Mule operates as a collective of volunteers who edit and manage the website, write a large amount of the content and commission other writers. We take bringing through new writers seriously and work hard with them to improve their skills. We meet weekly to discuss content and operational issues. Basically we’re the editors, writers, sub-editors, owners and managers of the project – it’s all very non-alienated.
It sounds like a lot of work but because it’s done collectively it’s not as arduous as it could be, though it has to be said this approach is not without difficulties. Lengthy political discussions can take place and some articles take days to write amid hundreds of exchanged emails. But thanks to this the end result is all the stronger.
Challenging the police
At the height of the student protests last year the police released a false account of an incident in which they were involved. Through our reporting they were forced to change their story and admit that they had used a horse charge against a peaceful protest.
Mapping the centres of local power
It was clear from Mule’s start that few people who live in Manchester are aware of the power networks that dominate the city. Our mapping of various powerful local institutions, companies and people shed some light on the intertwined political and economic elite that run our town, usually for their own gain.
Exposing the Manchester College
Our coverage of staff and students of the Manchester College fighting back against sackings and slashed courses played to our strengths. It’s a massive organisation, one of the largest colleges in Europe. Yet despite accusations of, for example, bullying of staff and questions over funding, it receives only sporadic negative coverage in the national press because the stakes aren’t enough to interest them – and none whatsoever in the local media, because they’re unwilling or unable to hold it to account.
From Mule to co-editor of New Internationalist, by Hazel Healey
After a spate of one-off spoof papers like Hate Mail and Manchester Evening Newt, I decided to make the jump into full-time journalism. The editorial team was horizontal from the start, with all the challenges which come with that – fights to the death over coverlines in Tim’s girlfriend’s back yard. Our early editions suffered from heroic but amateur layout and a hazy sense of what we wanted from the paper.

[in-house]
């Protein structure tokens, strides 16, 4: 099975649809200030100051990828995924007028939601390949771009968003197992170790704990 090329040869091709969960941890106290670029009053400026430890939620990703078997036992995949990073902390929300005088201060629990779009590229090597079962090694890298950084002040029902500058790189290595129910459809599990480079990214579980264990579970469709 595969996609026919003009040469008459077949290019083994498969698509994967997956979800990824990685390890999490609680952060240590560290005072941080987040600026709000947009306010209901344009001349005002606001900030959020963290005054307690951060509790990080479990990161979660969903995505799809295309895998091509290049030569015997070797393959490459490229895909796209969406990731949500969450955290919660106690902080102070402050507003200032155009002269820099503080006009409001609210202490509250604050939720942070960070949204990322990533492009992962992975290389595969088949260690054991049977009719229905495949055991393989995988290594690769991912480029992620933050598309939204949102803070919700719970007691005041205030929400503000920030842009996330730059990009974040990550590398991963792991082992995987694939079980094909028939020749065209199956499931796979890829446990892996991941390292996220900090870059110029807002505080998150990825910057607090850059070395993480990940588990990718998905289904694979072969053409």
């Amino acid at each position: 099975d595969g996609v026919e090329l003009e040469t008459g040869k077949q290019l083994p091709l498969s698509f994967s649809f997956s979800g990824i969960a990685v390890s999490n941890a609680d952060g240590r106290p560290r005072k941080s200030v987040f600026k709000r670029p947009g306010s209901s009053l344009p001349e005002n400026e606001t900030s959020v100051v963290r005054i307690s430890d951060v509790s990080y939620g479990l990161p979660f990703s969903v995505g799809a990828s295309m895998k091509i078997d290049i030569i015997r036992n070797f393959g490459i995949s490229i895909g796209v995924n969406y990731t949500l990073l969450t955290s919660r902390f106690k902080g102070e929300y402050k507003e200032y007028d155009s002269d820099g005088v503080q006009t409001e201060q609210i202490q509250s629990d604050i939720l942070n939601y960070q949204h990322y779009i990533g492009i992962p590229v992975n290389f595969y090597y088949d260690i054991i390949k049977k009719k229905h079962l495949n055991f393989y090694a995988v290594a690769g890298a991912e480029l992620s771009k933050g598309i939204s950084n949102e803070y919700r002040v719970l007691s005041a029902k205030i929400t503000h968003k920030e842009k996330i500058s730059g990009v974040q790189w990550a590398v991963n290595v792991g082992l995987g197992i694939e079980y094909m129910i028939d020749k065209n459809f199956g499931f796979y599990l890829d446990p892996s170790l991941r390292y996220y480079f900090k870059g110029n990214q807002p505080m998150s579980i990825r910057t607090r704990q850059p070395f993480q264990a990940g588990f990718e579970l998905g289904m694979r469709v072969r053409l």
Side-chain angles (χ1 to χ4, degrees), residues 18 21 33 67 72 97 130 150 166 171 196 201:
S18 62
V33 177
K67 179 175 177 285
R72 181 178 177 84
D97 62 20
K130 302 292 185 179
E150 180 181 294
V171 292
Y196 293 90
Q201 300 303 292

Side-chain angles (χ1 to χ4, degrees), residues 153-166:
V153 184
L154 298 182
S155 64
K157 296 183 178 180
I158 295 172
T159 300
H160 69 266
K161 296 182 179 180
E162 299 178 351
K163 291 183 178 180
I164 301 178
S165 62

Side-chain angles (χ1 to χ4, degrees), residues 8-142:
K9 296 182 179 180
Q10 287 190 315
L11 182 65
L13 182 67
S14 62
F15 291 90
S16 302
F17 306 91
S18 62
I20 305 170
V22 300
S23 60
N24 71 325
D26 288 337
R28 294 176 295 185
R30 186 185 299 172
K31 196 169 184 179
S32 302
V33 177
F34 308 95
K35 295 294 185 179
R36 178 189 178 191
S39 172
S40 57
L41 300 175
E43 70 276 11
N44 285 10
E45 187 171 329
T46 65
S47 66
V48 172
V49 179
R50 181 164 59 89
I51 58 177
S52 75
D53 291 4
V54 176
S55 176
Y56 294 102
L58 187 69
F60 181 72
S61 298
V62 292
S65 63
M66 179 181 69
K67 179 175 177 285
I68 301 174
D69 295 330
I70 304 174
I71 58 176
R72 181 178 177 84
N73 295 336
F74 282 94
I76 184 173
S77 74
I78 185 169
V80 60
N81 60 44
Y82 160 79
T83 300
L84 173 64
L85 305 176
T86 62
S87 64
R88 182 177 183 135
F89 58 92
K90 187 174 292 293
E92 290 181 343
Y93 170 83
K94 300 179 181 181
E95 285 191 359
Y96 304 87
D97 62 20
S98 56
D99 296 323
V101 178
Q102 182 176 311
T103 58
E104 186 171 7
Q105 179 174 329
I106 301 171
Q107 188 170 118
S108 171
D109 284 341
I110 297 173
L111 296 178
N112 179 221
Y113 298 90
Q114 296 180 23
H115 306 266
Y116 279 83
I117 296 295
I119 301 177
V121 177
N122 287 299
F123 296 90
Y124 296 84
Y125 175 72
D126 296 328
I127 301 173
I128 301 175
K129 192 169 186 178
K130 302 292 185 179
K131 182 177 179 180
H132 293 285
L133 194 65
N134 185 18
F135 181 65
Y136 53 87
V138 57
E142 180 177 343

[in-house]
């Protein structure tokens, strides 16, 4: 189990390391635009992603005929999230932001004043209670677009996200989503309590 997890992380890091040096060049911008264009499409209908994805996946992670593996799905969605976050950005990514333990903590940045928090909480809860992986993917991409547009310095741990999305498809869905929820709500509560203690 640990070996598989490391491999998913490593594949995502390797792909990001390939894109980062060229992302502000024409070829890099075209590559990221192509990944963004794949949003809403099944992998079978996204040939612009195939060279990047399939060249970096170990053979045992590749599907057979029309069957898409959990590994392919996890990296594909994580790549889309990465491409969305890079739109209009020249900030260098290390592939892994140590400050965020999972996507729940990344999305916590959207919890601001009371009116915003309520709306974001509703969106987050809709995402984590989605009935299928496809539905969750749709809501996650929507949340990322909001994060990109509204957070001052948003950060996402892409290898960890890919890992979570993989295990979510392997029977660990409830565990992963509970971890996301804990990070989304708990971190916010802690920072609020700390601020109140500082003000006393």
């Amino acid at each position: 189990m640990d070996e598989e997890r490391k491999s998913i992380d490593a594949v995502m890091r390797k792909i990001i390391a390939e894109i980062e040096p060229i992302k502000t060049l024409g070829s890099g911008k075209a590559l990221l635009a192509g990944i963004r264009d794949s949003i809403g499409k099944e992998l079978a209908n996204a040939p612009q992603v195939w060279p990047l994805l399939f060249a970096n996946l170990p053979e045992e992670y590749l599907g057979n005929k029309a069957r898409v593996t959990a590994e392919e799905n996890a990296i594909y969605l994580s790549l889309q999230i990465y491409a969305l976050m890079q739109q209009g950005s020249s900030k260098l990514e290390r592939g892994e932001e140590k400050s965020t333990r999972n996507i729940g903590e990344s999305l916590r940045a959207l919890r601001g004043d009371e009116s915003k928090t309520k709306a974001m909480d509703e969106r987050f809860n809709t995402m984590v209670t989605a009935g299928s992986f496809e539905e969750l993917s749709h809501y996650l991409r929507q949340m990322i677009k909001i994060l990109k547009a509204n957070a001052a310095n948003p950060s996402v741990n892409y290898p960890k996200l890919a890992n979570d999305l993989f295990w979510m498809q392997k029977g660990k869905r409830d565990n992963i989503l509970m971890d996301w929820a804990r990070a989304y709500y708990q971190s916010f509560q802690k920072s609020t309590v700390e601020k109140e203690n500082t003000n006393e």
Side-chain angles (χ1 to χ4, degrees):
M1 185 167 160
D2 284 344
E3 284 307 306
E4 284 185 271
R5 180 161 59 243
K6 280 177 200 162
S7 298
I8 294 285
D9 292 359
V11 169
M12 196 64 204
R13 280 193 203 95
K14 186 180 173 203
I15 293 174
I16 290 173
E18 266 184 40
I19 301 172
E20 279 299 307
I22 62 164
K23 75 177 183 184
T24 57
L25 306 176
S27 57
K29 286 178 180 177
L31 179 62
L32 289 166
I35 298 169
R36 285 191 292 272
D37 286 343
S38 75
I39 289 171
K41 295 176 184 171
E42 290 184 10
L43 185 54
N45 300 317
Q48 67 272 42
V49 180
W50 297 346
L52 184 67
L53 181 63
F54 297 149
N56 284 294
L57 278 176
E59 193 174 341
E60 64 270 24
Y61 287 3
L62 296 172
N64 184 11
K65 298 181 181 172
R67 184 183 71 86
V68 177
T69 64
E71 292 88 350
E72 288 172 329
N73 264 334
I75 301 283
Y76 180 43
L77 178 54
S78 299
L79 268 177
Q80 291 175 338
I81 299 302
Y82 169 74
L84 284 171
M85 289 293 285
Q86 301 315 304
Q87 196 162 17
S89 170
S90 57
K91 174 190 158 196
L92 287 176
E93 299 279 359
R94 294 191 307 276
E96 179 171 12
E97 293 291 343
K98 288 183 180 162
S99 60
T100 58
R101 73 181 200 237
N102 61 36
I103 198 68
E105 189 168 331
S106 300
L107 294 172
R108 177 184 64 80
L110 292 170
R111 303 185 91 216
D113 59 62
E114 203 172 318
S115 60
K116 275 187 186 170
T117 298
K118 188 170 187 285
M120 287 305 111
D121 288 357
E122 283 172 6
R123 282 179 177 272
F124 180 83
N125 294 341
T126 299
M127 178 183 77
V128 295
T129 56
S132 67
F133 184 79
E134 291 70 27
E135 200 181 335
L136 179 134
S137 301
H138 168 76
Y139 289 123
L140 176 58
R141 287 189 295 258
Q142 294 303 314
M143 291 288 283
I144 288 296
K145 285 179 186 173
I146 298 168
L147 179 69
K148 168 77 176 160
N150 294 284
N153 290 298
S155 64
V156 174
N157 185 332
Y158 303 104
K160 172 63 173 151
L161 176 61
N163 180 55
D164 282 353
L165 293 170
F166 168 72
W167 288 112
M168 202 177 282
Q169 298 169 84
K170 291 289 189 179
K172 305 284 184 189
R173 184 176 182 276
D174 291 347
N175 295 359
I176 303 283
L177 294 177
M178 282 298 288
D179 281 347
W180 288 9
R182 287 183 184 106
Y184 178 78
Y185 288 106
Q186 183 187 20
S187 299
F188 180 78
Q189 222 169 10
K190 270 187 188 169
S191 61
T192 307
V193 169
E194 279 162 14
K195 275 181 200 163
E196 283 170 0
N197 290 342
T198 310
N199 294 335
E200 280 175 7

It quickly became clear that unless we were saying something new and our material was unique in some way, we may as well not bother. But slowly a group was coming together with the right skills, vision and, importantly, determination to make the paper work.
I ended up moving to Madrid but kept working on Mule through Skype. Sweating it out in public internet shops with greasy keyboards justifying edits was heavy going, but I soldiered stubbornly on until a baby gave me the ultimate get-out clause. By then we were playing to our strengths as a local paper, breaking small-time investigative stories, and I’d bowed out on the international focus.
After working freelance for the mainstream media in Spain I came back for a co-editor’s job at New Internationalist magazine. It’s a co-op and so I find myself arguing over cover lines once more but in a stable 30-year-old organisation – oh, and with a salary too. I got my international focus back, but the lessons I learnt from Mule – ways to keep content fresh, value young, sharp writers with political nous and making sure readers learn something unique from your paper – are ones I draw on every day.